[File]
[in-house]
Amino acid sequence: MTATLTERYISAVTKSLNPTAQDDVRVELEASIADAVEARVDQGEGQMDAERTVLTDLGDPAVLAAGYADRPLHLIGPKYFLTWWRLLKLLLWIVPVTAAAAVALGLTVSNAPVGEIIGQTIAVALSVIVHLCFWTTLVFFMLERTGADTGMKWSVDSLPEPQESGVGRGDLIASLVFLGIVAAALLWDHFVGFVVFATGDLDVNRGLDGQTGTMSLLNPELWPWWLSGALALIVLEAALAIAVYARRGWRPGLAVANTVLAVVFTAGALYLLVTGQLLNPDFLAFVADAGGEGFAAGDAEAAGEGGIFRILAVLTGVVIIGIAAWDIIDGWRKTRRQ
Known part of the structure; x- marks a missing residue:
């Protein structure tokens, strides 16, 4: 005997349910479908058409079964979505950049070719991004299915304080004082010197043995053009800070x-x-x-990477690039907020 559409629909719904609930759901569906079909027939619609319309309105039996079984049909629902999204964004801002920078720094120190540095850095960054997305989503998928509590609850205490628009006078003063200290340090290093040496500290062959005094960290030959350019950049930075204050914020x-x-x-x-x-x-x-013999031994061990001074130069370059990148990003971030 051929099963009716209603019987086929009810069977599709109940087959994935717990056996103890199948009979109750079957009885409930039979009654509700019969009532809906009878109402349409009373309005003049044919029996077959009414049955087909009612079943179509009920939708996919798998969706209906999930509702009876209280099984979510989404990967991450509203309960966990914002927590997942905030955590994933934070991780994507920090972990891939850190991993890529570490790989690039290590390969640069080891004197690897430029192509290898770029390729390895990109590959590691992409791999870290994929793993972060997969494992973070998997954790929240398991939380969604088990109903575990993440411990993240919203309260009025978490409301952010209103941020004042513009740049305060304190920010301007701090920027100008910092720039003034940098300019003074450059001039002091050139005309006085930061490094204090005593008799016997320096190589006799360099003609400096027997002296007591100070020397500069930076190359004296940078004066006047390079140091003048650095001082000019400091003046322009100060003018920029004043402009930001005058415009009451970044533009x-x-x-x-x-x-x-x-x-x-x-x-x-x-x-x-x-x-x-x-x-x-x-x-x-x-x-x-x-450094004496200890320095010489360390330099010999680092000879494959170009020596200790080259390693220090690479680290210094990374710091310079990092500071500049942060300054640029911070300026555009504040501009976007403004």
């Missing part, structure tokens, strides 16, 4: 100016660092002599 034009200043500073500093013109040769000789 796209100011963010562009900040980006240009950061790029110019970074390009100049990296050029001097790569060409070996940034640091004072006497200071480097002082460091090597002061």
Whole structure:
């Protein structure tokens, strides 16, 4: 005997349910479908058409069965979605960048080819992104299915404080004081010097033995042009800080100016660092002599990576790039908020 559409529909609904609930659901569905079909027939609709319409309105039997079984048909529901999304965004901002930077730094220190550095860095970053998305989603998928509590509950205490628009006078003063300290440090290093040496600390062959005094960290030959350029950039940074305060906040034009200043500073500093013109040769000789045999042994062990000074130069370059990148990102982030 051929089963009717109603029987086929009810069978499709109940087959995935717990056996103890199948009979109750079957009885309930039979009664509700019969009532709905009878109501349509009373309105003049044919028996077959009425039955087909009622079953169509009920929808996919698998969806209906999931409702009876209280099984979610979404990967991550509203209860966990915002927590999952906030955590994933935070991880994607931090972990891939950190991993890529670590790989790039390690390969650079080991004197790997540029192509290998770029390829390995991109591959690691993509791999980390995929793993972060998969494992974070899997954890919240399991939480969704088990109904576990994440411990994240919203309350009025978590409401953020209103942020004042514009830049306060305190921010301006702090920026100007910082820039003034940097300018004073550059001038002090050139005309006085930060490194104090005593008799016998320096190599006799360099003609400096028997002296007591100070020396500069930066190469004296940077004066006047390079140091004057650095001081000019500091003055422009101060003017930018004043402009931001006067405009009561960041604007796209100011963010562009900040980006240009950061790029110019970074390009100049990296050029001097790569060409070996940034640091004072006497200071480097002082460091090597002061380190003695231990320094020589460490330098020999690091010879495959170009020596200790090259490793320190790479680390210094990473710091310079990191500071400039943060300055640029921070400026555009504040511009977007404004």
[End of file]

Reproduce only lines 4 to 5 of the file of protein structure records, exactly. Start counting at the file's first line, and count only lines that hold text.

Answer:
């Protein structure tokens, strides 16, 4: 005997349910479908058409079964979505950049070719991004299915304080004082010197043995053009800070x-x-x-990477690039907020 559409629909719904609930759901569906079909027939619609319309309105039996079984049909629902999204964004801002920078720094120190540095850095960054997305989503998928509590609850205490628009006078003063200290340090290093040496500290062959005094960290030959350019950049930075204050914020x-x-x-x-x-x-x-013999031994061990001074130069370059990148990003971030 051929099963009716209603019987086929009810069977599709109940087959994935717990056996103890199948009979109750079957009885409930039979009654509700019969009532809906009878109402349409009373309005003049044919029996077959009414049955087909009612079943179509009920939708996919798998969706209906999930509702009876209280099984979510989404990967991450509203309960966990914002927590997942905030955590994933934070991780994507920090972990891939850190991993890529570490790989690039290590390969640069080891004197690897430029192509290898770029390729390895990109590959590691992409791999870290994929793993972060997969494992973070998997954790929240398991939380969604088990109903575990993440411990993240919203309260009025978490409301952010209103941020004042513009740049305060304190920010301007701090920027100008910092720039003034940098300019003074450059001039002091050139005309006085930061490094204090005593008799016997320096190589006799360099003609400096027997002296007591100070020397500069930076190359004296940078004066006047390079140091003048650095001082000019400091003046322009100060003018920029004043402009930001005058415009009451970044533009x-x-x-x-x-x-x-x-x-x-x-x-x-x-x-x-x-x-x-x-x-x-x-x-x-x-x-x-x-450094004496200890320095010489360390330099010999680092000879494959170009020596200790080259390693220090690479680290210094990374710091310079990092500071500049942060300054640029911070300026555009504040501009976007403004």
């Missing part, structure tokens, strides 16, 4: 100016660092002599 034009200043500073500093013109040769000789 796209100011963010562009900040980006240009950061790029110019970074390009100049990296050029001097790569060409070996940034640091004072006497200071480097002082460091090597002061």